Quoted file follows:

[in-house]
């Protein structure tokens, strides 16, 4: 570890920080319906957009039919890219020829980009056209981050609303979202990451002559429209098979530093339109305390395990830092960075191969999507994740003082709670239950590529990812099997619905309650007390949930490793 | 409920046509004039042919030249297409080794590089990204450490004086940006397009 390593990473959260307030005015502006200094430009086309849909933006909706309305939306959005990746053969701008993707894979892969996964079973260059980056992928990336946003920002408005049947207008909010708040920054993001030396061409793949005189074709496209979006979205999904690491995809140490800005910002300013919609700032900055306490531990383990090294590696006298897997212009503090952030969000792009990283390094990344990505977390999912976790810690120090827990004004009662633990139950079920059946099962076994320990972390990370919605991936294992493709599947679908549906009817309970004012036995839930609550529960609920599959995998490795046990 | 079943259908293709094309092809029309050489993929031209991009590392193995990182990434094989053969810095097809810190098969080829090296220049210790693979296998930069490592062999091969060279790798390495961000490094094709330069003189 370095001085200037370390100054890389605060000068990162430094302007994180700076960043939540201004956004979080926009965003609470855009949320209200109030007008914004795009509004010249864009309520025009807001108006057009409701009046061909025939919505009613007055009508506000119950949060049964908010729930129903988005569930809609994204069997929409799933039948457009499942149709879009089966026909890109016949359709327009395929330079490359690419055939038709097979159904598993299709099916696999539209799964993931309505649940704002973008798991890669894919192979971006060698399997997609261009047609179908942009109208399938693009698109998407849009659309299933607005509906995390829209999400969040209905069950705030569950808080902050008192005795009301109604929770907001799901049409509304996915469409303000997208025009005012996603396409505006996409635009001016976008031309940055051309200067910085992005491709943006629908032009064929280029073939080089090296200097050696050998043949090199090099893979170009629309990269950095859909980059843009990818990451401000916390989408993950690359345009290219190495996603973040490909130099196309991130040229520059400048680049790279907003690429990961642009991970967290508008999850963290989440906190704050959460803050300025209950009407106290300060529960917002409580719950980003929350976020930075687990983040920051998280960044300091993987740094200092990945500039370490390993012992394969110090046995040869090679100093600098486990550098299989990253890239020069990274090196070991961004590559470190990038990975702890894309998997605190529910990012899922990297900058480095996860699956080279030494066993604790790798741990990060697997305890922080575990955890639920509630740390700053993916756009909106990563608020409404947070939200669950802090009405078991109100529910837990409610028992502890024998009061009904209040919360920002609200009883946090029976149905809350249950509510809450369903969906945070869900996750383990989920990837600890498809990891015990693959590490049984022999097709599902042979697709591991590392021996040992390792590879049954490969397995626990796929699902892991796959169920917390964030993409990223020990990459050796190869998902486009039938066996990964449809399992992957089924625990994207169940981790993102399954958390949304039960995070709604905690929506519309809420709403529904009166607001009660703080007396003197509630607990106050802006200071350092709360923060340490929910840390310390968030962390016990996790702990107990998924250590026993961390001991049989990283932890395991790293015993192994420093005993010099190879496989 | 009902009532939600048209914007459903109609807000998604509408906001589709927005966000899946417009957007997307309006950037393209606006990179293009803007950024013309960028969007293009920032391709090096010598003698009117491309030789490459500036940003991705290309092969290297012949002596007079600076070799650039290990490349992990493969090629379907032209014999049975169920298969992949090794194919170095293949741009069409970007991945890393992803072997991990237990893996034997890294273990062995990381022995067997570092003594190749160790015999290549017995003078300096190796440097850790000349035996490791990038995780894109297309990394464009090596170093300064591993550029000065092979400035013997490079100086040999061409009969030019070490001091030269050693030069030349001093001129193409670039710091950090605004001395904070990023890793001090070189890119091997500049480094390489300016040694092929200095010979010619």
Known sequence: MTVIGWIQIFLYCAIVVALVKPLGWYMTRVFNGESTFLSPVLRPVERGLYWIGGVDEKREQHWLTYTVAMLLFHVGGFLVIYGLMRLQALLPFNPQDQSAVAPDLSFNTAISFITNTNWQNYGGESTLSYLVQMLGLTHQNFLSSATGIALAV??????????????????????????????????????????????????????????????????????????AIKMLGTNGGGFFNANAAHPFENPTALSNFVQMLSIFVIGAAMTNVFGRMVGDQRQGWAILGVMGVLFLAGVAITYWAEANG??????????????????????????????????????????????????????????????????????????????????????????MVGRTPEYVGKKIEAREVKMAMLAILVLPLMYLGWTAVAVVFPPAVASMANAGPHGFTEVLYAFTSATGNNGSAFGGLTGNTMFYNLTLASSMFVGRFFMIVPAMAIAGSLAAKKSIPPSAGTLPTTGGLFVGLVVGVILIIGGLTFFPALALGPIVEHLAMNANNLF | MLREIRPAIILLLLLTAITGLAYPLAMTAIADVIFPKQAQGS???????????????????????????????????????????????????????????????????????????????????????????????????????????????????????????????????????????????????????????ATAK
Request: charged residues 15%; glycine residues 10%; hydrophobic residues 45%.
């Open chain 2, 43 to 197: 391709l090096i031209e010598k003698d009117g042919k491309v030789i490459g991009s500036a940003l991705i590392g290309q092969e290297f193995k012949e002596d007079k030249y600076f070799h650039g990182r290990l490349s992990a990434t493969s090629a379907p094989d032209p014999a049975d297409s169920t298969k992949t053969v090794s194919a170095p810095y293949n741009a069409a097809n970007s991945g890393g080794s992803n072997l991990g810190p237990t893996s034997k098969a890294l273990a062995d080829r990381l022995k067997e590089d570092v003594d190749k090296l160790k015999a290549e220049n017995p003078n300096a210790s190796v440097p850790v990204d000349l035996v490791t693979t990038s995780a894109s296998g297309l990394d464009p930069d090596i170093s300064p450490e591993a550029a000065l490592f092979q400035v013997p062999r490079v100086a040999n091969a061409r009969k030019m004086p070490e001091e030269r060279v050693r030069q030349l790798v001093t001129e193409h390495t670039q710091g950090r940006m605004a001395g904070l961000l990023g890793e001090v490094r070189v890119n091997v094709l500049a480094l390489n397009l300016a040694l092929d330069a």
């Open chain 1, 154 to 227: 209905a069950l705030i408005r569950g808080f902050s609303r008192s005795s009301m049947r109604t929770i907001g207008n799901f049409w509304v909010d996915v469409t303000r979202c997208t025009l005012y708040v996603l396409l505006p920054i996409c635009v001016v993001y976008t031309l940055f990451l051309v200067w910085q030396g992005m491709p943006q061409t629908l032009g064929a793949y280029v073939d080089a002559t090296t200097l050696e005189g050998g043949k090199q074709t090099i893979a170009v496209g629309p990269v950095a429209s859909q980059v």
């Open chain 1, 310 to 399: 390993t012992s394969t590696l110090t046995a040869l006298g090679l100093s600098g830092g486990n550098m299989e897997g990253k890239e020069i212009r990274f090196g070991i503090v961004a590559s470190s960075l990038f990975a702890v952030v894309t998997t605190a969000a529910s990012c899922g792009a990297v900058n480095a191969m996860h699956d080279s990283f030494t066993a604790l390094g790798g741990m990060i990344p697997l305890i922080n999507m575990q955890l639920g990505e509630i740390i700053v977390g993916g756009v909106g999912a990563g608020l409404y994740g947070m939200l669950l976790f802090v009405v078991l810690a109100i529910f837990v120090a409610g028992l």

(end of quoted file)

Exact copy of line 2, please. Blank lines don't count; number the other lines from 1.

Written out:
């Protein structure tokens, strides 16, 4: 570890920080319906957009039919890219020829980009056209981050609303979202990451002559429209098979530093339109305390395990830092960075191969999507994740003082709670239950590529990812099997619905309650007390949930490793 | 409920046509004039042919030249297409080794590089990204450490004086940006397009 390593990473959260307030005015502006200094430009086309849909933006909706309305939306959005990746053969701008993707894979892969996964079973260059980056992928990336946003920002408005049947207008909010708040920054993001030396061409793949005189074709496209979006979205999904690491995809140490800005910002300013919609700032900055306490531990383990090294590696006298897997212009503090952030969000792009990283390094990344990505977390999912976790810690120090827990004004009662633990139950079920059946099962076994320990972390990370919605991936294992493709599947679908549906009817309970004012036995839930609550529960609920599959995998490795046990 | 079943259908293709094309092809029309050489993929031209991009590392193995990182990434094989053969810095097809810190098969080829090296220049210790693979296998930069490592062999091969060279790798390495961000490094094709330069003189 370095001085200037370390100054890389605060000068990162430094302007994180700076960043939540201004956004979080926009965003609470855009949320209200109030007008914004795009509004010249864009309520025009807001108006057009409701009046061909025939919505009613007055009508506000119950949060049964908010729930129903988005569930809609994204069997929409799933039948457009499942149709879009089966026909890109016949359709327009395929330079490359690419055939038709097979159904598993299709099916696999539209799964993931309505649940704002973008798991890669894919192979971006060698399997997609261009047609179908942009109208399938693009698109998407849009659309299933607005509906995390829209999400969040209905069950705030569950808080902050008192005795009301109604929770907001799901049409509304996915469409303000997208025009005012996603396409505006996409635009001016976008031309940055051309200067910085992005491709943006629908032009064929280029073939080089090296200097050696050998043949090199090099893979170009629309990269950095859909980059843009990818990451401000916390989408993950690359345009290219190495996603973040490909130099196309991130040229520059400048680049790279907003690429990961642009991970967290508008999850963290989440906190704050959460803050300025209950009407106290300060529960917002409580719950980003929350976020930075687990983040920051998280960044300091993987740094200092990945500039370490390993012992394969110090046995040869090679100093600098486990550098299989990253890239020069990274090196070991961004590559470190990038990975702890894309998997605190529910990012899922990297900058480095996860699956080279030494066993604790790798741990990060697997305890922080575990955890639920509630740390700053993916756009909106990563608020409404947070939200669950802090009405078991109100529910837990409610028992502890024998009061009904209040919360920002609200009883946090029976149905809350249950509510809450369903969906945070869900996750383990989920990837600890498809990891015990693959590490049984022999097709599902042979697709591991590392021996040992390792590879049954490969397995626990796929699902892991796959169920917390964030993409990223020990990459050796190869998902486009039938066996990964449809399992992957089924625990994207169940981790993102399954958390949304039960995070709604905690929506519309809420709403529904009166607001009660703080007396003197509630607990106050802006200071350092709360923060340490929910840390310390968030962390016990996790702990107990998924250590026993961390001991049989990283932890395991790293015993192994420093005993010099190879496989 | 009902009532939600048209914007459903109609807000998604509408906001589709927005966000899946417009957007997307309006950037393209606006990179293009803007950024013309960028969007293009920032391709090096010598003698009117491309030789490459500036940003991705290309092969290297012949002596007079600076070799650039290990490349992990493969090629379907032209014999049975169920298969992949090794194919170095293949741009069409970007991945890393992803072997991990237990893996034997890294273990062995990381022995067997570092003594190749160790015999290549017995003078300096190796440097850790000349035996490791990038995780894109297309990394464009090596170093300064591993550029000065092979400035013997490079100086040999061409009969030019070490001091030269050693030069030349001093001129193409670039710091950090605004001395904070990023890793001090070189890119091997500049480094390489300016040694092929200095010979010619």